We frequently refer to birds and animals as ‘dancing’ during mating displays, times when they show off their best features to the opposite sex. But humans are animals too, and for them also, dancing is one of the most direct and effective ways to present oneself to someone else. Earlier this year, Veronica Posth caught up with Joshua Monten’s Romeo Romeo Romeo, now touring throughout Europe, in which he considers the ritual in us. She muses on the work and the subject…
Dance is a mating ritual. Strength, health, skills, personality and charisma are all revealed by the way we move. Even today, in the age of online dating, dance and personal interactions continue to play a central role because our bodies speak. In Joshua Monten’s Romeo Romeo Romeo, three man and a woman embodying a man, play with their bodies and performative being, leading to reflections about the philosopher Judith Butler’s affirmation that “Gender is performative.”
Romeo Romeo Romeo has the structure of a courtship dance where the core is related to a contemporary, eclectic, liberal mating ritual. In what is a dance-theatre composition, the four performers do their best to catch the attention and approval of the onlookers. They want to seduce; to enter in an intimate yet close relation with their chosen ones. Staring at the audience, they play with their bodies, their charisma, their sensuality.
From the beginning, the four performers try, and are successful in getting in touch with the audience who are sat around a circular, temporary, luminous stage, allowing them to be openly involved in the compelling flirty game.
At times sensuous, at times funny, but always seeking approval, the dancers move energetically for almost an hour showing themselves as in a parade, attracting attention and interest. They show an attractive authenticity interwoven with hints of extreme displays of self-esteem that generate amusing outcomes. There is plenty of hyperbole as they move to attract, sparkle, engage and be humorous.
Monten’s Romeo Romeo Romeo is composed by texts that are connected to the performers’ personal relationships, to hopes which led to their career choices, motivations they have in performing before a live audience, and tactics that they employ at any given moment. Moreover, they ask the audience personal queries that question boundaries. What and just how much can be said in a flirty approach.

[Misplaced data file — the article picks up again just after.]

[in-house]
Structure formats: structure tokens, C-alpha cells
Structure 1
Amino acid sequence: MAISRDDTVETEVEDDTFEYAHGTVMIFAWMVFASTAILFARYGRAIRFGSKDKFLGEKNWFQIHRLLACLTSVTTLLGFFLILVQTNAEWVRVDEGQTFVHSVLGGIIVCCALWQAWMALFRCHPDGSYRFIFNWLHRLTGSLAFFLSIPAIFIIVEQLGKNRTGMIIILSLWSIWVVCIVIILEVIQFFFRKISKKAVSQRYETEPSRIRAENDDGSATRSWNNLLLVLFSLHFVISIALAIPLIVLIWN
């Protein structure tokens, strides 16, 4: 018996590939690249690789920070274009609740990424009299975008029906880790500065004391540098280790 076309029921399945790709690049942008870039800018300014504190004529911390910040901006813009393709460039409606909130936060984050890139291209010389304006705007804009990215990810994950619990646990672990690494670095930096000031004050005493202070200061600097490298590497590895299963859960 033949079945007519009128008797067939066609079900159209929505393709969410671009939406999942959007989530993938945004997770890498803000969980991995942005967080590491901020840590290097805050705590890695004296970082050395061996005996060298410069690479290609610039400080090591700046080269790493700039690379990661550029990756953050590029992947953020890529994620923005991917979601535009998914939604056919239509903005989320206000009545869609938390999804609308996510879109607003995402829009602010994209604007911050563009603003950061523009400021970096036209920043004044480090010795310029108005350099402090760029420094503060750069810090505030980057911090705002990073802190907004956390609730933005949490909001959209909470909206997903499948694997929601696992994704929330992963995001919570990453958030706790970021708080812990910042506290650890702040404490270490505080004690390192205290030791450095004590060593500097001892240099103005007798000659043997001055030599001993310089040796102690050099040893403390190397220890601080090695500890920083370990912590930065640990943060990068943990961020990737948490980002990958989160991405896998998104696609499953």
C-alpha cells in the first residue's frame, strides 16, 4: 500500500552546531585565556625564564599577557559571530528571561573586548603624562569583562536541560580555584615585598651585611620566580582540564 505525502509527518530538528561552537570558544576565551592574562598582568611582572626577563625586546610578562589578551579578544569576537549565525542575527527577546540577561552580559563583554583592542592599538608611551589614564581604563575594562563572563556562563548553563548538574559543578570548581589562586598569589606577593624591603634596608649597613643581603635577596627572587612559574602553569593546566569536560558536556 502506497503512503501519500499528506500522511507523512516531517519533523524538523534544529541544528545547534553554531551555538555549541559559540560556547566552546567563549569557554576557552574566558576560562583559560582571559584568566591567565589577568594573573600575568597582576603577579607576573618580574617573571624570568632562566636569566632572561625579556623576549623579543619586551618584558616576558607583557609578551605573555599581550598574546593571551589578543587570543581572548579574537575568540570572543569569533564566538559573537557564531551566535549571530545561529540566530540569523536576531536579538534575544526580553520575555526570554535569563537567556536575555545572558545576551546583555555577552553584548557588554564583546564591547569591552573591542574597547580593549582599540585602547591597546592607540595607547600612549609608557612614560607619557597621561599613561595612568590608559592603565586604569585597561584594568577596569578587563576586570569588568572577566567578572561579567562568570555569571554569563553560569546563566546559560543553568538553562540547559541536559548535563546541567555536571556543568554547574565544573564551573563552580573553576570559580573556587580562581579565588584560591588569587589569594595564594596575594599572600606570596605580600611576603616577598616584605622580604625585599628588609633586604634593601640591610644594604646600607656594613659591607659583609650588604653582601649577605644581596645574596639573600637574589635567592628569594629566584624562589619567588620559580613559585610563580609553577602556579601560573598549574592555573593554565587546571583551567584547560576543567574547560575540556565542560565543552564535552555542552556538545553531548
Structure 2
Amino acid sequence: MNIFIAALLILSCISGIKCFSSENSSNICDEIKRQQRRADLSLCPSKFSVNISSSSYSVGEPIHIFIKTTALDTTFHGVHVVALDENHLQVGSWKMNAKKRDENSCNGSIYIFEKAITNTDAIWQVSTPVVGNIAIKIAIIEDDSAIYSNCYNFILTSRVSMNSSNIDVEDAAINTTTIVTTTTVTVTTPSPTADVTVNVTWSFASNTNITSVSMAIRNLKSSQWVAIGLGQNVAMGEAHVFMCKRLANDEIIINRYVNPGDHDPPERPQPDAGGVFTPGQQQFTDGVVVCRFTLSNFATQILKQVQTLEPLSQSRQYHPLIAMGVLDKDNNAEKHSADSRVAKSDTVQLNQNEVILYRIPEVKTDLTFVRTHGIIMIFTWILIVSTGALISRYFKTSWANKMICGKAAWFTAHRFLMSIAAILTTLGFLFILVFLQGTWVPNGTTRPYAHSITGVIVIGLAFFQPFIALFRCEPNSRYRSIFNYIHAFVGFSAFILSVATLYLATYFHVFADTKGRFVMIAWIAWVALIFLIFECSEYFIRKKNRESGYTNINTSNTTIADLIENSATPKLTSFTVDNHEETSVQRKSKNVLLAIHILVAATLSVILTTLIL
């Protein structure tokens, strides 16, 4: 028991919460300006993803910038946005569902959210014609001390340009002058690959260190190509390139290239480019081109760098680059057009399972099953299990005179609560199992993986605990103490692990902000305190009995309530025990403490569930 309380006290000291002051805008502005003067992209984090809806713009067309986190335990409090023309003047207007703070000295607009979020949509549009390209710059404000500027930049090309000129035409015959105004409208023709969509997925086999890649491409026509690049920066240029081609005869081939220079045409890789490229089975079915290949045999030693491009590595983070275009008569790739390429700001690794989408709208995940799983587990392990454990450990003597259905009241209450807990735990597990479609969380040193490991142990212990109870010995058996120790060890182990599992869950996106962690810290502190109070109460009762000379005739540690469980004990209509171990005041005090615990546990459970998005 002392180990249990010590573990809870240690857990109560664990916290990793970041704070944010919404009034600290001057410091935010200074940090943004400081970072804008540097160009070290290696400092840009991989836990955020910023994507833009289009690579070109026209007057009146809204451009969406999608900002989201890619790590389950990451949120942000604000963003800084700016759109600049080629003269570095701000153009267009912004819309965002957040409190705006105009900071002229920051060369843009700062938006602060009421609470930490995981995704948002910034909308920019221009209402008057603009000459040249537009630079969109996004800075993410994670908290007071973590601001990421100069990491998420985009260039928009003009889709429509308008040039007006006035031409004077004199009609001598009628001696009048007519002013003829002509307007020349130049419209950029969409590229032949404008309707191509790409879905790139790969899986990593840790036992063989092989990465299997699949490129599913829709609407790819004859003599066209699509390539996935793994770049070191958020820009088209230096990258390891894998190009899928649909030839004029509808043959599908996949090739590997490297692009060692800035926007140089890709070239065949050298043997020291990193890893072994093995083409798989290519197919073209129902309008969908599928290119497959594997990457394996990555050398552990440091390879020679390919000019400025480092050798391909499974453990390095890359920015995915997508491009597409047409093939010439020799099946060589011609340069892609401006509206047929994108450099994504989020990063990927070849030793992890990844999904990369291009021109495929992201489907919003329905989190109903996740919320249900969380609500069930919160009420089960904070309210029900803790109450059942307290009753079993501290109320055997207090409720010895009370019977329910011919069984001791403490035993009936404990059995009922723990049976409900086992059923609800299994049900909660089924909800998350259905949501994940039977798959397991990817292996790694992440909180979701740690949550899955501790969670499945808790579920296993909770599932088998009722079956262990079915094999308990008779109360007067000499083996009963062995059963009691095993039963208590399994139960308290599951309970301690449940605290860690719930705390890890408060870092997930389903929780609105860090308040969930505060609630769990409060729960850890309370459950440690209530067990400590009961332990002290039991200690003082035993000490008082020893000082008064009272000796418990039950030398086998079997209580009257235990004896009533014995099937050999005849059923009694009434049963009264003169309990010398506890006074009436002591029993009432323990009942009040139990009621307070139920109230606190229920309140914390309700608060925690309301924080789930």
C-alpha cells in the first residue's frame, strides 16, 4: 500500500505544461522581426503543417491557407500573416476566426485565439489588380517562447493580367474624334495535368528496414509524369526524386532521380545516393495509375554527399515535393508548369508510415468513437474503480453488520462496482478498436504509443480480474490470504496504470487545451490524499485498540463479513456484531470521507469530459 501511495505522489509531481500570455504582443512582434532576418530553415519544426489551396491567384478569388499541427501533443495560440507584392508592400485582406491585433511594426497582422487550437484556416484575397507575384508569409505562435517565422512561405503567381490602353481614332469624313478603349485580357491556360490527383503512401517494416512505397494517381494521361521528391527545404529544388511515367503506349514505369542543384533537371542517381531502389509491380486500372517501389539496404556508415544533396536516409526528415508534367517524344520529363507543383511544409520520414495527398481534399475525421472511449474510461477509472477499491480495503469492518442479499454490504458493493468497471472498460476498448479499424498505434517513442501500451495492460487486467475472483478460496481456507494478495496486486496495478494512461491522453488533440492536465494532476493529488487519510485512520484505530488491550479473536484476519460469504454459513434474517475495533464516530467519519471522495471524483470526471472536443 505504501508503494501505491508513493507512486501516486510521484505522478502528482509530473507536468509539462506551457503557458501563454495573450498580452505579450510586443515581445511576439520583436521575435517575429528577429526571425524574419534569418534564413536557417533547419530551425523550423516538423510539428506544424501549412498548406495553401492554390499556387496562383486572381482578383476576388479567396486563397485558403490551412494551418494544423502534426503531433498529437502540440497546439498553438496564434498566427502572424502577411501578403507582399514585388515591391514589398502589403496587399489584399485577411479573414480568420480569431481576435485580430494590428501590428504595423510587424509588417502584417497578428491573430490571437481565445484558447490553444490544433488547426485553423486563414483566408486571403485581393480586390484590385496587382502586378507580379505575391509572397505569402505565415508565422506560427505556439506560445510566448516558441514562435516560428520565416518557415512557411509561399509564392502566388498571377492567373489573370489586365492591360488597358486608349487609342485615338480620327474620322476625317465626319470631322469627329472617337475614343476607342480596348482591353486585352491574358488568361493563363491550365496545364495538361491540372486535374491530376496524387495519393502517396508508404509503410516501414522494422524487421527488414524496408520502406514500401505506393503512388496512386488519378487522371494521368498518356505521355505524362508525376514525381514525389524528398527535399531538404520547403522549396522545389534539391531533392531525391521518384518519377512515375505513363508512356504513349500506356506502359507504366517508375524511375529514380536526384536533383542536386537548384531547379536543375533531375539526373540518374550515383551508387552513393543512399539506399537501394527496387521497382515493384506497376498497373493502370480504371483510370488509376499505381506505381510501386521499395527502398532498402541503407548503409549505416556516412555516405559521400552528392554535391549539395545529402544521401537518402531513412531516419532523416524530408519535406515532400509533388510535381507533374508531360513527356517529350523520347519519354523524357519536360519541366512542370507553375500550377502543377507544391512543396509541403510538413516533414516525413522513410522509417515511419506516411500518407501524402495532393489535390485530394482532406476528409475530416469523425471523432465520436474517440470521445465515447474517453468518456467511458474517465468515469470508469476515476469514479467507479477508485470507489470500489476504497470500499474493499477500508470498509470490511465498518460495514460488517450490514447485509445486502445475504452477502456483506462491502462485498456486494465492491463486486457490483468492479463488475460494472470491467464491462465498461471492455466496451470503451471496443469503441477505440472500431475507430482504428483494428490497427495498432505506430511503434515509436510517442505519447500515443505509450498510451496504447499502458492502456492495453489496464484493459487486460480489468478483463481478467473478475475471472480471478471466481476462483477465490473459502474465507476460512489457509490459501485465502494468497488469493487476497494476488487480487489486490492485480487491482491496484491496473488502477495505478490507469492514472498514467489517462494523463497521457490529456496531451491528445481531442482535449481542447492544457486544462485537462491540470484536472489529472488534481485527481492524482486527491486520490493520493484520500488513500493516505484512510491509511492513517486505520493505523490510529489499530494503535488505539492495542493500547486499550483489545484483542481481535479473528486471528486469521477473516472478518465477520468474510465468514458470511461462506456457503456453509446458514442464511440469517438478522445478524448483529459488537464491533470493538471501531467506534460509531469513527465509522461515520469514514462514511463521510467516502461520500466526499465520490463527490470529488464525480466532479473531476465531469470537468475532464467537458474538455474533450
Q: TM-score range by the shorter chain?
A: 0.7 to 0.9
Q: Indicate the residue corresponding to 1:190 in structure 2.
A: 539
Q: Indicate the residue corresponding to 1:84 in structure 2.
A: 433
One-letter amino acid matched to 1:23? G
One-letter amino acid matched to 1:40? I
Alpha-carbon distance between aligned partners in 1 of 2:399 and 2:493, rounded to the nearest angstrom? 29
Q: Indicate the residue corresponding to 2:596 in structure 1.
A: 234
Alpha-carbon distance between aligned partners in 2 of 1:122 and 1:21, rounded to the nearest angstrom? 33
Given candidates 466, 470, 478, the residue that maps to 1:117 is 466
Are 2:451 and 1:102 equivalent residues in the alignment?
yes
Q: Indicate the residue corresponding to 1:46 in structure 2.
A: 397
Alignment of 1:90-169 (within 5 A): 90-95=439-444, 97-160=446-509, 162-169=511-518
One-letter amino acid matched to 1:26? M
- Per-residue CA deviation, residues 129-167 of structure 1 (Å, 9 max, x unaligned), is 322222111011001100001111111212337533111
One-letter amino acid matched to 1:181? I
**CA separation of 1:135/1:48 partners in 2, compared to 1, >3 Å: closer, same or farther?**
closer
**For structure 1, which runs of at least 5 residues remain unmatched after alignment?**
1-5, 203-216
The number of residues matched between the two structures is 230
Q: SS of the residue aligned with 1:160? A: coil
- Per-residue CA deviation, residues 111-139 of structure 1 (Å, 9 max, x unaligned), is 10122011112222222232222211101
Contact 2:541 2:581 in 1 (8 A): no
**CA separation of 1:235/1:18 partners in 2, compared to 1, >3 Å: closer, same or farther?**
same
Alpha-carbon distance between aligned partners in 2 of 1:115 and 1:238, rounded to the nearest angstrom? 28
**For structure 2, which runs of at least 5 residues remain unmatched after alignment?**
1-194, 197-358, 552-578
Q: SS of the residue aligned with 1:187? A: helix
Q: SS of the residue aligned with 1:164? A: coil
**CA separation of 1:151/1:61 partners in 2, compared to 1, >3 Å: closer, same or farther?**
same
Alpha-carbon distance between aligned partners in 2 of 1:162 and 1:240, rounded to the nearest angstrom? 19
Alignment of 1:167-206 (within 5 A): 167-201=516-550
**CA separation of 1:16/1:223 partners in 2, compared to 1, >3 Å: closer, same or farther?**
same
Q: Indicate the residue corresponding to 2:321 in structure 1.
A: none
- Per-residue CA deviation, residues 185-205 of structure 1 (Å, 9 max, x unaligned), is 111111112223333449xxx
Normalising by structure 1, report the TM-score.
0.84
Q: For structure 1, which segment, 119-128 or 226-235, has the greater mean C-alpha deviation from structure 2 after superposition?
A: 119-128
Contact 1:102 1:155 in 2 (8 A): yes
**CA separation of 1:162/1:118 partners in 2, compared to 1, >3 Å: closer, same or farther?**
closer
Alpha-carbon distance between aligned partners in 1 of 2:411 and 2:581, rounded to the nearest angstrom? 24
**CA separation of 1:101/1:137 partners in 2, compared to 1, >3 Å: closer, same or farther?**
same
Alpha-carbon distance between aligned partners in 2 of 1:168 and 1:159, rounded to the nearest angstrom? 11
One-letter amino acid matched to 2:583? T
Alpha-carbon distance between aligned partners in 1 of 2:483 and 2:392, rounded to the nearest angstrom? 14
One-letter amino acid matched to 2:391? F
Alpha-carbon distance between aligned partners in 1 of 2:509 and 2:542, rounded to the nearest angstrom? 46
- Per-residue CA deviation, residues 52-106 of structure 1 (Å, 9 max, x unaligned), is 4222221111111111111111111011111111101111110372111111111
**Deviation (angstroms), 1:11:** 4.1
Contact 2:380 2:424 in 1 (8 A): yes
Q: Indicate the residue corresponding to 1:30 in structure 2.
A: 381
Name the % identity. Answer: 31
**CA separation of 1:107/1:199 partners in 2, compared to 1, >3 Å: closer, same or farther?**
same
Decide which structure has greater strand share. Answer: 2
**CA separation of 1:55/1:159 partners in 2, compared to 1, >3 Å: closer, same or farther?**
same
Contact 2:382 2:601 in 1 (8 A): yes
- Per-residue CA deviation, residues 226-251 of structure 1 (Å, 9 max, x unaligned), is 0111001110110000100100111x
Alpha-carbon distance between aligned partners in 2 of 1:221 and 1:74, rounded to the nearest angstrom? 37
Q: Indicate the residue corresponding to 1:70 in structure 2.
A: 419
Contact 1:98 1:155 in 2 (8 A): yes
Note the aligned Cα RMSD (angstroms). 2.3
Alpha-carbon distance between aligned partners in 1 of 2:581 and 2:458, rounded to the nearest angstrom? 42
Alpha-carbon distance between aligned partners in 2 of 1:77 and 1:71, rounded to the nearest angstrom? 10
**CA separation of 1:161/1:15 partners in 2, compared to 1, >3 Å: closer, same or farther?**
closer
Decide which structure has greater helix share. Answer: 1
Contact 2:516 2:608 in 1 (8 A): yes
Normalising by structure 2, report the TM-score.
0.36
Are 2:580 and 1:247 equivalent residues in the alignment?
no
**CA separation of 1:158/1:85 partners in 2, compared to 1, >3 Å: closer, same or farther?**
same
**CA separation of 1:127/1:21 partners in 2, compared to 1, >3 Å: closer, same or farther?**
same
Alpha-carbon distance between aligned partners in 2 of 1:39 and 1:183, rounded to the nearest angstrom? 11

There are other outspoken contents that are quite effective in the vortex of movement: dance as no one would see you; dance for yourself; dance until you disappear. The sense of those phrases is key in order to enjoy ourselves. The results are attractive and fascinating. On the stage, as on the dance floor, the performances induce a striking authenticity that strikes at the very essence of dance.
The overplay used is, of course, an exaggeration of a mating ritual, but it is not really distant from what happens in many places in the real world. Every culture has its own courtship rituals, within which every single person has his or her personal approaches to flirting, expectations and desires.
Romeo Romeo Romeo triggers reflections about these differences and the way mating rituals work, in particular reflecting on Butler’ s assertion. Thinking the ‘gender as performative’ it motivates thoughts about the nature and nurture of gender, but above all about the necessity to express and what is individually felt and personally needed.
When it comes to dance as performative act, as cathartic healing and as expression of insights through the body, it is clear that variety is infinite. Multiple ways to embody and to perform are part of how everybody speaks. We interact in our personal way. Towards the end, one of the dancers says, “It’s not about showing off, it’s about being self-confident.” The statement sounds initially humorous but has a strong impact and repercussion on the way we see and perceive speaking/dancing bodies.
Romeo Romeo Romeo is an endless spiral of communication, complicity and soft embarrassment between the cast and spectators. The interaction with the audience and the vulnerability of dancing without hesitation means that every performance will be different.
Fostering ideas about the power and truth of our bodies, the difficulty and diffidence entangled with desire, and the wishes involved in every courtship and mating approach, Monten shows us the effectiveness of dance as something cheerful, an efficacious icebreaker, liberating and therapeutic. It can also stimulate a sense of beauty as self-esteem. All just some of the aspects that Romeo Romeo Romeo brings to the stage. The result is superlative. It also makes you think.
Veronica Posth saw Romeo, Romeo, Romeo on January 18, 2019, at Dock 11 in Berlin. It continues to tour and can be seen this summer at various festivals in Europe; and in Adelaide, Australia. Visit www.joshuamonten.com for dates.